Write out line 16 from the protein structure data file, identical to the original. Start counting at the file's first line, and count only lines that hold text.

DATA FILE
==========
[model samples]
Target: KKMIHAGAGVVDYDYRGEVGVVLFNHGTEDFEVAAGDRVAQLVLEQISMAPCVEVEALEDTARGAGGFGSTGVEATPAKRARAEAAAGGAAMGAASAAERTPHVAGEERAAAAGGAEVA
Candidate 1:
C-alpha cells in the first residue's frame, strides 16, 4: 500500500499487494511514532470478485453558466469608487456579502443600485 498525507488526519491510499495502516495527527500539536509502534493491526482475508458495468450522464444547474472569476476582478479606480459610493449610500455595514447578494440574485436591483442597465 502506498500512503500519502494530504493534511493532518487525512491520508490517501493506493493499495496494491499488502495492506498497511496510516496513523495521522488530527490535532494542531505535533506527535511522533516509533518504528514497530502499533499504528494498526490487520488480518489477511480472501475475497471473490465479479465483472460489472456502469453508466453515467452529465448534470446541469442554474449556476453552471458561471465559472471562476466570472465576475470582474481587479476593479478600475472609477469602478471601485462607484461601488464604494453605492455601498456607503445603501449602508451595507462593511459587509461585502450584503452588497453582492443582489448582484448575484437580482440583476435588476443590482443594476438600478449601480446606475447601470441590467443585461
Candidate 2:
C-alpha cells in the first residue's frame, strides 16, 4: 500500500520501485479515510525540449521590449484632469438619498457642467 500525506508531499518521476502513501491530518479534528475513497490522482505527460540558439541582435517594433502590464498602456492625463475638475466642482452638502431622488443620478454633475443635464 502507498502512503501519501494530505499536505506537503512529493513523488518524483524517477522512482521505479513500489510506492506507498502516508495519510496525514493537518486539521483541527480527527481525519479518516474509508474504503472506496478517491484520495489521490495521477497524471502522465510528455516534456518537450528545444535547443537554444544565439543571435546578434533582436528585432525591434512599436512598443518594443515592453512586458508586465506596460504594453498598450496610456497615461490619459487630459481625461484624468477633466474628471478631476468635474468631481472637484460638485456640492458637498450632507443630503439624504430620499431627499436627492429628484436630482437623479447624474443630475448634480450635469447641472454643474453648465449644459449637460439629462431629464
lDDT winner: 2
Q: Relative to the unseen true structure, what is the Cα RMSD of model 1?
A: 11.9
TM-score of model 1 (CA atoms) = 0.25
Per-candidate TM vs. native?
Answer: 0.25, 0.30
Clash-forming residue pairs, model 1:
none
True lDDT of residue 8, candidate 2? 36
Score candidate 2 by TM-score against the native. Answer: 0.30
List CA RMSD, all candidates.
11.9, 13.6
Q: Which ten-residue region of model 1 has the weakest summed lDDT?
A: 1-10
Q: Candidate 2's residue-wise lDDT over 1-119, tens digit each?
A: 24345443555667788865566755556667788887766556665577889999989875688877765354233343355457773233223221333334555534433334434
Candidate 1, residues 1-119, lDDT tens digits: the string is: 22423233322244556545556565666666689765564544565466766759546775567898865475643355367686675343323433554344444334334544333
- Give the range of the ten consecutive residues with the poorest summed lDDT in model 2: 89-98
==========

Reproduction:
Score candidate 2 by TM-score against the native. Answer: 0.30